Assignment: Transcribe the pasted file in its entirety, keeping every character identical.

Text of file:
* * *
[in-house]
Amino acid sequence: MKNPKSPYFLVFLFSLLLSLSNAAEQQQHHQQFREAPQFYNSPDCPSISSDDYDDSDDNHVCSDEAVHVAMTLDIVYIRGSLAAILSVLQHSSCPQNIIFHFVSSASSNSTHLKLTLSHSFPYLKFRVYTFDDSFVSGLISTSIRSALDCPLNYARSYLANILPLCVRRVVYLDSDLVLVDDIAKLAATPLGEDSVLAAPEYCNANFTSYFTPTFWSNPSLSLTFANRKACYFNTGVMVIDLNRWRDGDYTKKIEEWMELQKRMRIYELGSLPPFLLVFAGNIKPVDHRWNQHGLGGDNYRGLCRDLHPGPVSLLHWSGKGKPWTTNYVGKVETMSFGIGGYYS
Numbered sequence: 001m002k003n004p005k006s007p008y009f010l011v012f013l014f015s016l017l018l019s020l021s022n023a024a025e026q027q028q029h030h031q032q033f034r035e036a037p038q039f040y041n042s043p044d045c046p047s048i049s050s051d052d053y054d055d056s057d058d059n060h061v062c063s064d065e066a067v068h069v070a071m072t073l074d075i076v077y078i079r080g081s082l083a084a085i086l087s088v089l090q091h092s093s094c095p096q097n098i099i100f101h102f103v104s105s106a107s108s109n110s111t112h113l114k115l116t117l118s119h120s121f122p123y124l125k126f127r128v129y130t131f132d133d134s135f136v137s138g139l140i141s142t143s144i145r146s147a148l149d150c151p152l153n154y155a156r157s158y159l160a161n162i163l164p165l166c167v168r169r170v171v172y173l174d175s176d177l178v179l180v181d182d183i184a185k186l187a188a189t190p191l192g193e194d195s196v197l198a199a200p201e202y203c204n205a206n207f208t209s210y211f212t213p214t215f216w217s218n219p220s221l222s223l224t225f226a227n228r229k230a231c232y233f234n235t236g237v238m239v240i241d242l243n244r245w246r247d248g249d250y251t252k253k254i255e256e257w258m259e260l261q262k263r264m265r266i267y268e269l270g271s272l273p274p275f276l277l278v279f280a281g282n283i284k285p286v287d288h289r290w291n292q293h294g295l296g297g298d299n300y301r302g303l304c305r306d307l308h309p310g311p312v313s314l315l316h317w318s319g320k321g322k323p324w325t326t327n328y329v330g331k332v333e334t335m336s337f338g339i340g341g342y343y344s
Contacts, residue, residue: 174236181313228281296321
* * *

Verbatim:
[in-house]
Amino acid sequence: MKNPKSPYFLVFLFSLLLSLSNAAEQQQHHQQFREAPQFYNSPDCPSISSDDYDDSDDNHVCSDEAVHVAMTLDIVYIRGSLAAILSVLQHSSCPQNIIFHFVSSASSNSTHLKLTLSHSFPYLKFRVYTFDDSFVSGLISTSIRSALDCPLNYARSYLANILPLCVRRVVYLDSDLVLVDDIAKLAATPLGEDSVLAAPEYCNANFTSYFTPTFWSNPSLSLTFANRKACYFNTGVMVIDLNRWRDGDYTKKIEEWMELQKRMRIYELGSLPPFLLVFAGNIKPVDHRWNQHGLGGDNYRGLCRDLHPGPVSLLHWSGKGKPWTTNYVGKVETMSFGIGGYYS
Numbered sequence: 001m002k003n004p005k006s007p008y009f010l011v012f013l014f015s016l017l018l019s020l021s022n023a024a025e026q027q028q029h030h031q032q033f034r035e036a037p038q039f040y041n042s043p044d045c046p047s048i049s050s051d052d053y054d055d056s057d058d059n060h061v062c063s064d065e066a067v068h069v070a071m072t073l074d075i076v077y078i079r080g081s082l083a084a085i086l087s088v089l090q091h092s093s094c095p096q097n098i099i100f101h102f103v104s105s106a107s108s109n110s111t112h113l114k115l116t117l118s119h120s121f122p123y124l125k126f127r128v129y130t131f132d133d134s135f136v137s138g139l140i141s142t143s144i145r146s147a148l149d150c151p152l153n154y155a156r157s158y159l160a161n162i163l164p165l166c167v168r169r170v171v172y173l174d175s176d177l178v179l180v181d182d183i184a185k186l187a188a189t190p191l192g193e194d195s196v197l198a199a200p201e202y203c204n205a206n207f208t209s210y211f212t213p214t215f216w217s218n219p220s221l222s223l224t225f226a227n228r229k230a231c232y233f234n235t236g237v238m239v240i241d242l243n244r245w246r247d248g249d250y251t252k253k254i255e256e257w258m259e260l261q262k263r264m265r266i267y268e269l270g271s272l273p274p275f276l277l278v279f280a281g282n283i284k285p286v287d288h289r290w291n292q293h294g295l296g297g298d299n300y301r302g303l304c305r306d307l308h309p310g311p312v313s314l315l316h317w318s319g320k321g322k323p324w325t326t327n328y329v330g331k332v333e334t335m336s337f338g339i340g341g342y343y344s
Contacts, residue, residue: 174236181313228281296321